And the Chinese bakery there is marvellous -- with bread like you had forgotten was possible -- and the Indian there does a Lahori curry that beats any other curry I have tasted. And I have eaten curries in India (plus Sydney and London).
And the latest thing is that they now have a Mexican there ("Chidos"). Anne and I went there last night and it was very good Mexican. And, at the risk of being boring, I have tasted Mexican in Mexico.
Plus they have a Thai etc etc.
But they do have a very strange Australian bottleshop there. If you knock on his door a few minutes after he has closed (at 7pm!)in order to buy liquor from him, he won't open his door. Indians and Chinese would regard him as a very strange creature. I do too.
I suspect that he may be Scottish. Scots can get very rigid about their customs. And I speak as someone who wears the kilt on occasions! And I have been to Scotland three times. I have even done research there. See here.
Thursday, January 16, 2014
I am probably being repetitious here but I wonder if the young people know what we oldies went through by way of diet.
For CENTURIES the British diet consided of "meat + 3 veg". The veg were potatoes plus cabbage and carrots or beans of you were lucky
And the meat was somethinhg hacked off a dead animal -- such as steak or if you were unlucky sausages. And if you were REALLY unlucky it was liver.
The vegetables had s**t out of boiled out of them and the meat was fried to death
For my hospital admissions, I always go to the Wesley -- Brisbane's top private hospital. But even there it helps to be one of the people. You get to choose your dinner if you are there in the morning but if you are an afternoon or evening admission you get the default dinner! And it is very ethnic: Australian ethnic. Something might be done with the smashed potatoes to make them more edible but that is about the limit.
But somehow we survived. Rather Paleo, I guess. And I must confess that that I can still eat such a presentation -- though not without amusement. I recognize that it it is good if boring food. If you ever go into an Australian/British hospital, you had better get used to it.
Tuesday, January 14, 2014
I have always been aware that my parents were poor. My father was a hard worker so they always managed to put sufficient food on the table and kept a good roof over our heads -- but that was about their limit. They rarely saved anything and doctor's bills were stressful for them.
And one of the indexes of that is that my mother would occasionally borrow money from me even when I was a child. I got pocket-money of a florin a week (which bought about what $2 would buy today) and usually saved it in my moneybox. Even when I was a kid I was not big on spending money on myself. So sometimes I would have the equivalent of about $50 in my moneybox. And that was enough for my mother to do her essential shopping. I always got the money back so didn't mind.
Jenny remembers her father borrowing money off her too when she was a kid. So maybe it was a generational thing. But he used to pay her interest on his borrowings -- which was fun for both of them.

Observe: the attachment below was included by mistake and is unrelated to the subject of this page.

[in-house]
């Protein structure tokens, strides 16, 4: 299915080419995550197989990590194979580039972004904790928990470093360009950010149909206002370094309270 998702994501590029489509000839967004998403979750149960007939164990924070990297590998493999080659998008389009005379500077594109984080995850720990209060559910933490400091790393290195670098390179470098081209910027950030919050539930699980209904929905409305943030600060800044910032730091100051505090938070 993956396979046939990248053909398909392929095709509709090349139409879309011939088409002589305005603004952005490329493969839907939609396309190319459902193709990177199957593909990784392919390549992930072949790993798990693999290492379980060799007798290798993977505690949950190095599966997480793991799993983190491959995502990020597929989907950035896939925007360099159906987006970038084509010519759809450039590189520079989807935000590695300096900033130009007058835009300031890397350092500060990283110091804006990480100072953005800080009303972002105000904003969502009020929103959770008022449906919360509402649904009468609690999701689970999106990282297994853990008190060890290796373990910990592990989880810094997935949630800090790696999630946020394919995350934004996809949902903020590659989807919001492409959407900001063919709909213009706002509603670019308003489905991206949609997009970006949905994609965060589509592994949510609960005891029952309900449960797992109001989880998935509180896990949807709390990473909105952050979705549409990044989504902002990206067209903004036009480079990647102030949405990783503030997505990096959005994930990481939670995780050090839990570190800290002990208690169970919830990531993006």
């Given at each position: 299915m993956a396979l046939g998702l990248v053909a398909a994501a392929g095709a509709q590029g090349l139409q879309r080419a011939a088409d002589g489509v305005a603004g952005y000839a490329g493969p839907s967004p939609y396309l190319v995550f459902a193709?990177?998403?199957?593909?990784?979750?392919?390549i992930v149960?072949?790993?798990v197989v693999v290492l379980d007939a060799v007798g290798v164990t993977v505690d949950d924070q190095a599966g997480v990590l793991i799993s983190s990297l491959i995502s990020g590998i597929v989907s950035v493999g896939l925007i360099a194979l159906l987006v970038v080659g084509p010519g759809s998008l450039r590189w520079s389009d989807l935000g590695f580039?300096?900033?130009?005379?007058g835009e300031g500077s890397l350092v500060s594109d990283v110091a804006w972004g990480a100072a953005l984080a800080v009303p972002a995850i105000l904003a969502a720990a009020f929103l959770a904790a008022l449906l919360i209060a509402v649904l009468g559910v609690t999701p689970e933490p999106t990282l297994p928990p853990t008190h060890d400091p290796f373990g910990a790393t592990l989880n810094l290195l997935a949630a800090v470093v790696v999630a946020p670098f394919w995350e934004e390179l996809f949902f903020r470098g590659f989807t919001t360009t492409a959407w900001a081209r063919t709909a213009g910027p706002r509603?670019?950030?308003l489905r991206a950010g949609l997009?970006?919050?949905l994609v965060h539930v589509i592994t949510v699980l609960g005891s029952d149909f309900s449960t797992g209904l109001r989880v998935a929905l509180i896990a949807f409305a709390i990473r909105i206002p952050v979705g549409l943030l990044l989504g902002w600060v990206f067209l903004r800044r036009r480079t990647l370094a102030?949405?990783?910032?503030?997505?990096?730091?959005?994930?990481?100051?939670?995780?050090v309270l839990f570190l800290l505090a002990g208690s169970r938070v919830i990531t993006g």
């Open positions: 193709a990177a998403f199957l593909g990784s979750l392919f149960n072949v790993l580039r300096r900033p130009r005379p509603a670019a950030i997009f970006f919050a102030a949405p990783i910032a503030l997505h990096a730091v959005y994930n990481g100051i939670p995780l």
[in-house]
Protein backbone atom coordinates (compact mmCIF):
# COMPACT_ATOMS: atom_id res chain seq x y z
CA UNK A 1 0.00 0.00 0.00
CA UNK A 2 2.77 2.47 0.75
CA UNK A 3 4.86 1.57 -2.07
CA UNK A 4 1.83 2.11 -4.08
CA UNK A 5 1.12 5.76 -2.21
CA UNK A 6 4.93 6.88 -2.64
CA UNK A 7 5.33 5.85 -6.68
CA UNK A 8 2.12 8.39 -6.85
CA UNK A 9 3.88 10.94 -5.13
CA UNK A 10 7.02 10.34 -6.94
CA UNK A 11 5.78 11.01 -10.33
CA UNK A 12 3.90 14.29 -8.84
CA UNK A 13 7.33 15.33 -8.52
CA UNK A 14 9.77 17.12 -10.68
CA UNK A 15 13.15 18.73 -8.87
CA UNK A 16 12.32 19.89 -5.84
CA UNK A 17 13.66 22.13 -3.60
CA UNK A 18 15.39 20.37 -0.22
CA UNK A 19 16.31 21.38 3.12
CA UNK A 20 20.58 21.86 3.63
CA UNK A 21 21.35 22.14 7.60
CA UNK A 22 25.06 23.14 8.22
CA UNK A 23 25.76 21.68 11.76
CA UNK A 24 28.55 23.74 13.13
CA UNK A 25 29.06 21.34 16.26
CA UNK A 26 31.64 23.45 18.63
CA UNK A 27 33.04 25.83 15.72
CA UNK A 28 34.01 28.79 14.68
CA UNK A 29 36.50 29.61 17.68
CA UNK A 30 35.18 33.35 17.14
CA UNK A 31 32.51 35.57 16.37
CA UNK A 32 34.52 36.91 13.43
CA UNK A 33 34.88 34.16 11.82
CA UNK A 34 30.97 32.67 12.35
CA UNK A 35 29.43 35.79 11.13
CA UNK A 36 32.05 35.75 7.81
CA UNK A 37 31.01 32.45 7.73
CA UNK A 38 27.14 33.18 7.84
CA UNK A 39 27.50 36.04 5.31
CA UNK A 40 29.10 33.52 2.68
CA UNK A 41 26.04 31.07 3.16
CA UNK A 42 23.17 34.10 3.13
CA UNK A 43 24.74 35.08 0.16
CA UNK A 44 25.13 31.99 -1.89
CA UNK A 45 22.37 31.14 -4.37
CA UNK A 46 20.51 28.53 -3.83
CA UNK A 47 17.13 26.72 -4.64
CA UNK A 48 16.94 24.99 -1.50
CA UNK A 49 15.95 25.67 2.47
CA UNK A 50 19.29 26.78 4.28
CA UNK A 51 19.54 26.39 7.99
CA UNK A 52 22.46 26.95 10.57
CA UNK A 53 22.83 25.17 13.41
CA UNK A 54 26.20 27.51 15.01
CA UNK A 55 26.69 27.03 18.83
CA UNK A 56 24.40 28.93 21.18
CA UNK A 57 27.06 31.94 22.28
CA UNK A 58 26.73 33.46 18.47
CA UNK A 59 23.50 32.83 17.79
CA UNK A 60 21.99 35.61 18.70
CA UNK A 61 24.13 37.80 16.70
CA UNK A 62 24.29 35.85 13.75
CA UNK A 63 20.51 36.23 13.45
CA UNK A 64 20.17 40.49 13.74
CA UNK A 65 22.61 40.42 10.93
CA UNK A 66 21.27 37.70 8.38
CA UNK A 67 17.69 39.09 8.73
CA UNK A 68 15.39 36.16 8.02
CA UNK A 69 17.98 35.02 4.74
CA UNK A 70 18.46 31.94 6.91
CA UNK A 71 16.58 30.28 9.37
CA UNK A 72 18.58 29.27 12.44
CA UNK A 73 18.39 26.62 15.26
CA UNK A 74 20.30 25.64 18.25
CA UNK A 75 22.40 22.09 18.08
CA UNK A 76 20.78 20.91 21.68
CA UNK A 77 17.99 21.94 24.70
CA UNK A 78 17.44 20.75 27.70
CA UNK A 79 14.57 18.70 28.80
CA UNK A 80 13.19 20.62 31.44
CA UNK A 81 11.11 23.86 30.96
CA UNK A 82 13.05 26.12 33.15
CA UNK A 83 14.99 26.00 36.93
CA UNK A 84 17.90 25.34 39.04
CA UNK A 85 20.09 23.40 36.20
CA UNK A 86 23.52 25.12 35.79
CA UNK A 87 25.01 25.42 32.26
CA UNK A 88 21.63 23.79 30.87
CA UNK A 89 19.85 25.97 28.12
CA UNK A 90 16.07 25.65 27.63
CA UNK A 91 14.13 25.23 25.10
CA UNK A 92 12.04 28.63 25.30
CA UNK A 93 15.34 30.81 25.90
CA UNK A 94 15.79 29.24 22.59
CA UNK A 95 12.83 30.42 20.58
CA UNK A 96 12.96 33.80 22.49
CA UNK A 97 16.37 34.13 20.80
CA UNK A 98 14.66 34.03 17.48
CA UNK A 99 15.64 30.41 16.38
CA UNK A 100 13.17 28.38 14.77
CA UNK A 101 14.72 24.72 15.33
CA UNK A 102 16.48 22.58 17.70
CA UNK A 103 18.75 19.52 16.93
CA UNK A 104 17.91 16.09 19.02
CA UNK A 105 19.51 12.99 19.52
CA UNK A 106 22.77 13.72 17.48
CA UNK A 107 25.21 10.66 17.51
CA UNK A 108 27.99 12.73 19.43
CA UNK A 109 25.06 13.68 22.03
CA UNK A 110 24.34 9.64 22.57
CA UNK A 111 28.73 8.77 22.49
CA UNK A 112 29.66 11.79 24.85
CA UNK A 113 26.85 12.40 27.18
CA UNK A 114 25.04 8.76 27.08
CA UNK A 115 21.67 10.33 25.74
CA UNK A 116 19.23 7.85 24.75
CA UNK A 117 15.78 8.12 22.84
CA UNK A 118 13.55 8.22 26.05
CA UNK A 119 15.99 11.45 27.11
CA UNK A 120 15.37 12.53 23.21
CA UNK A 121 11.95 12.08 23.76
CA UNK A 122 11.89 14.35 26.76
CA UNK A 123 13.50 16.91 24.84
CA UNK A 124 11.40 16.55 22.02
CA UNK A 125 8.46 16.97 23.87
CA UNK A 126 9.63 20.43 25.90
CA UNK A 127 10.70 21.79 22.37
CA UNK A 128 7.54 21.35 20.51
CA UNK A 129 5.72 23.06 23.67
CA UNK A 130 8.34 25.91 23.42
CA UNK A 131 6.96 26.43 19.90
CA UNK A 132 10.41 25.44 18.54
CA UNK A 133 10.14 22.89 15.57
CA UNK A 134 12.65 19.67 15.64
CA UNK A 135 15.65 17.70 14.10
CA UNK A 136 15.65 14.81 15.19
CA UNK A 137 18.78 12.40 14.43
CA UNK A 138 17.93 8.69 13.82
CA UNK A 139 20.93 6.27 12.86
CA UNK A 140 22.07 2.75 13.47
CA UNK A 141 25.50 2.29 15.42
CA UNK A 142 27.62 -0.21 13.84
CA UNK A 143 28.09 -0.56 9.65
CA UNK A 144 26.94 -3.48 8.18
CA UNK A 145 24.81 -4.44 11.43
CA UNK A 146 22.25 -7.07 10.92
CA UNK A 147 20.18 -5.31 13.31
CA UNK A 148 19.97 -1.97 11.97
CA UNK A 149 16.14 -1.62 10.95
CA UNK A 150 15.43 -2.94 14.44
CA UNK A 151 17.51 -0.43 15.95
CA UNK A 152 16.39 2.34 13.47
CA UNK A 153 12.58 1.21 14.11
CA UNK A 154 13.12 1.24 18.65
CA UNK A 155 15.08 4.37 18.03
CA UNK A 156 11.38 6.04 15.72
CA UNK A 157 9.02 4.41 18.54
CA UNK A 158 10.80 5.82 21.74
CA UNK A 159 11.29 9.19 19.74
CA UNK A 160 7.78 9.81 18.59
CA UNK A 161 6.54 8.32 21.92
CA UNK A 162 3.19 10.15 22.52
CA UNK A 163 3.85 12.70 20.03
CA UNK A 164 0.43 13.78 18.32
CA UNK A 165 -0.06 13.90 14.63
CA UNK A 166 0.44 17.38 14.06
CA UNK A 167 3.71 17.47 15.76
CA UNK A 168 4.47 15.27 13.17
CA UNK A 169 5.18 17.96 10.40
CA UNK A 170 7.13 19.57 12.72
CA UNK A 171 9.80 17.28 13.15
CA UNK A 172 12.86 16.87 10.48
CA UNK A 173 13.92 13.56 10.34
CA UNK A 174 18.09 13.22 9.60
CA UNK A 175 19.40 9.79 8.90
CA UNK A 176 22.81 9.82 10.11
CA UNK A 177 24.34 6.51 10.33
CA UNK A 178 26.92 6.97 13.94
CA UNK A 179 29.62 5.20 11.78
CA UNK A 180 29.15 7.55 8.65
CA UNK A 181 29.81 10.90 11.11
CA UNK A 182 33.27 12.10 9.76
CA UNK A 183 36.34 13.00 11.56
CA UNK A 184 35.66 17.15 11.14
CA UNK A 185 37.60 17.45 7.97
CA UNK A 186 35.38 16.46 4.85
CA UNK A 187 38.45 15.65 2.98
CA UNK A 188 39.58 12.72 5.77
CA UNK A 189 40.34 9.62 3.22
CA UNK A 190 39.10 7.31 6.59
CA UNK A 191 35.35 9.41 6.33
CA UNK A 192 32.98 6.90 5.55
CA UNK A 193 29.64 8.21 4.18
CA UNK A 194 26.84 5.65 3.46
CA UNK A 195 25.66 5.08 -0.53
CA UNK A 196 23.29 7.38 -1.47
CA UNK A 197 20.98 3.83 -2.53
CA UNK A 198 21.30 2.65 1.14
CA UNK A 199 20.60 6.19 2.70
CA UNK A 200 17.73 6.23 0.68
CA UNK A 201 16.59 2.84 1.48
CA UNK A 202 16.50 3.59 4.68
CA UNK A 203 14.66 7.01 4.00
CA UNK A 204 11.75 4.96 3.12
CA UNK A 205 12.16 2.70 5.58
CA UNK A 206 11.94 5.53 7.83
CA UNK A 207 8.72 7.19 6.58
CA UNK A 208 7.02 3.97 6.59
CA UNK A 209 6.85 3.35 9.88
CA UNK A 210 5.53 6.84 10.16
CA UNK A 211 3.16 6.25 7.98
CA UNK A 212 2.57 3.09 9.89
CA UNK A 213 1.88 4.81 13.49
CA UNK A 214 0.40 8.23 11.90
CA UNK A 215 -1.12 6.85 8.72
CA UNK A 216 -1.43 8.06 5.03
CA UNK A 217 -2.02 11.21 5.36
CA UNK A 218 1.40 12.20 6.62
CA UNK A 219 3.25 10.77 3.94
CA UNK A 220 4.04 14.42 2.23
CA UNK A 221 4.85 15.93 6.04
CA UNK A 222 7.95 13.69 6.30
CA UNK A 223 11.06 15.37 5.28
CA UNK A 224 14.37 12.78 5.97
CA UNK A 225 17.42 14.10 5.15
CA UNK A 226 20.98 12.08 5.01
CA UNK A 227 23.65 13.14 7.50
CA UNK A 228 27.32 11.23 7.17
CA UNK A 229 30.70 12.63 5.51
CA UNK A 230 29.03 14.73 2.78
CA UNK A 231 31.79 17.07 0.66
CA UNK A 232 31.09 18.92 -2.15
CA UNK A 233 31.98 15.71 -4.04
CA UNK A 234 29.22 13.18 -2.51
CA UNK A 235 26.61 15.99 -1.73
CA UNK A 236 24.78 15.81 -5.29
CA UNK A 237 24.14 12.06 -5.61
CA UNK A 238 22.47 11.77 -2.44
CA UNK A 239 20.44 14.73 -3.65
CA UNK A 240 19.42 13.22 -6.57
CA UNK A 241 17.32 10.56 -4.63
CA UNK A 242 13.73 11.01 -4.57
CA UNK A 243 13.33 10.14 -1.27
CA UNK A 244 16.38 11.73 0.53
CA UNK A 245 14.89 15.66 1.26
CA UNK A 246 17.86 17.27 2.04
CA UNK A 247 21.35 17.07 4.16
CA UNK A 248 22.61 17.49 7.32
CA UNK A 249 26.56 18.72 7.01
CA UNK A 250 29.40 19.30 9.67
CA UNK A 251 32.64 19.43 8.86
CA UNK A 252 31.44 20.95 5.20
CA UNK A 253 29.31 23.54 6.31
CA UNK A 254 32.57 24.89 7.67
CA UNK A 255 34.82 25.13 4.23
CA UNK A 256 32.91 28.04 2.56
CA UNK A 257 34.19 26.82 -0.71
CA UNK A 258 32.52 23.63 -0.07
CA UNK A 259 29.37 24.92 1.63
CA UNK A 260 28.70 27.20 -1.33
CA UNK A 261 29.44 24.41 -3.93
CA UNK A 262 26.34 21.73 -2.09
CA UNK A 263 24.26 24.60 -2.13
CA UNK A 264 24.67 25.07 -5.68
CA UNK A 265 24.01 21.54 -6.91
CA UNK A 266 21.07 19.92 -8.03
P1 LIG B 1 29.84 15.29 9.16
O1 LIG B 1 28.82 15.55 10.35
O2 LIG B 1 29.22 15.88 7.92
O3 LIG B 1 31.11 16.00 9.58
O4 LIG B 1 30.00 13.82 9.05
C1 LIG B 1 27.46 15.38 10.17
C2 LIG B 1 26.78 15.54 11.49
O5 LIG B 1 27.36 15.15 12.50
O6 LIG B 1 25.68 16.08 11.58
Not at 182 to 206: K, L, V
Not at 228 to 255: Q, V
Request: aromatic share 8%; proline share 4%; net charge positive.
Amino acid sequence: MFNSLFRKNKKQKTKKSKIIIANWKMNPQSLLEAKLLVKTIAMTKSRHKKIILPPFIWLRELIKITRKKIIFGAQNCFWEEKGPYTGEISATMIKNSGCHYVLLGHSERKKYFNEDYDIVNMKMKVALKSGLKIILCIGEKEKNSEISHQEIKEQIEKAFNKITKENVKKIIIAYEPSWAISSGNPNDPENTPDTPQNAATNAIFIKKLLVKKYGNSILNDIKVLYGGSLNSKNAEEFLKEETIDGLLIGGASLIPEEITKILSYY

But I have just remembered another poverty episode that I thought strange even at the time. My mother did not have a cake-tin to keep her boiled fruitcakes in (You boil the fruit, not the cake). Boiled fruitcakes are something of a tradition in Australia, particularly around Christmas time. They are often kept for a month or more and eaten only gradually. So you needed a tin with a lid that sealed fairly well.
A popular source of caketins were tins of toffees and other candies that were often bought as gifts at Christmas times. They were tins of about 8" in diameter so were a good size for keeping fruitcakes in after all the contents had been eaten. But my mother could not afford one. So when I was about 6 or 7 she went down to our genial Chinese grocer in Innisfail ("Joe Charles") and asked if she could buy just the tin. I was with her at the time and to my amazement he agreed. He tipped the toffees into a big candy jar -- for sale as individual sweets -- and sold my mother the tin for some small sum. Amazing. Times were different then. I remember wondering what the original contents of our caketin would have been like.
Saturday, January 11, 2014
Anne has 2 sisters and the 3 of them get together once or twice a year for a sisterly lunch or dinner, with an early January gathering being particularly customary -- with customary male companions also being invited.
So last night the 6 of us met at Oliver's restaurant at Manly. It's a rather fancy place so I expected bad service but it was not too slow.
My hearing was a bit of a problem as the place had a tiled floor and was very busy with lots of chatty people. I find it very difficult to hear people under those circumstances. But I gathered with the men down one end of the table while the ladies were at the other end so the louder male voices got through to me fairly well in the end. Colin had to lean over and shout in my ear, however, which he very kindly did.
Colin is 90, It must be a sign of my own antiquity that I find myself dining with 90-year-olds. We discussed various environmentalist issues and agreed that the Greenies and animal lib people go too far. Why birds such as Galahs are protected while they are a real pest -- with great flocks of them -- in Western Queensland really is hard to understand, for instance. Surely trapping them for export should be allowed. They're worth big money overseas. And we all agreed that the Northern Territory should be opened up for buffalo hunting.
The food was good. I had the lamb fillet, which was very tasty, but there was a rather small serve of it, which I had expected of such a restaurant. The others had grilled fish.
We adjourned to Anne's place afterward for tea and coffee. We could all hear one-another perfectly there so we chatted on for quite a while.
A small meditation: It has always amazed me that there seems to be an inverse relationship between restaurant prices and restaurant service. One would think that dearer restaurants would excel on service -- but it is the other way around. Service in expensive restaurants is almost always dilatory and snooty. You can wait a long time even to get a menu put in front of you. That happened at Olivers. I had to get up, find the menus, and distribute them to my table.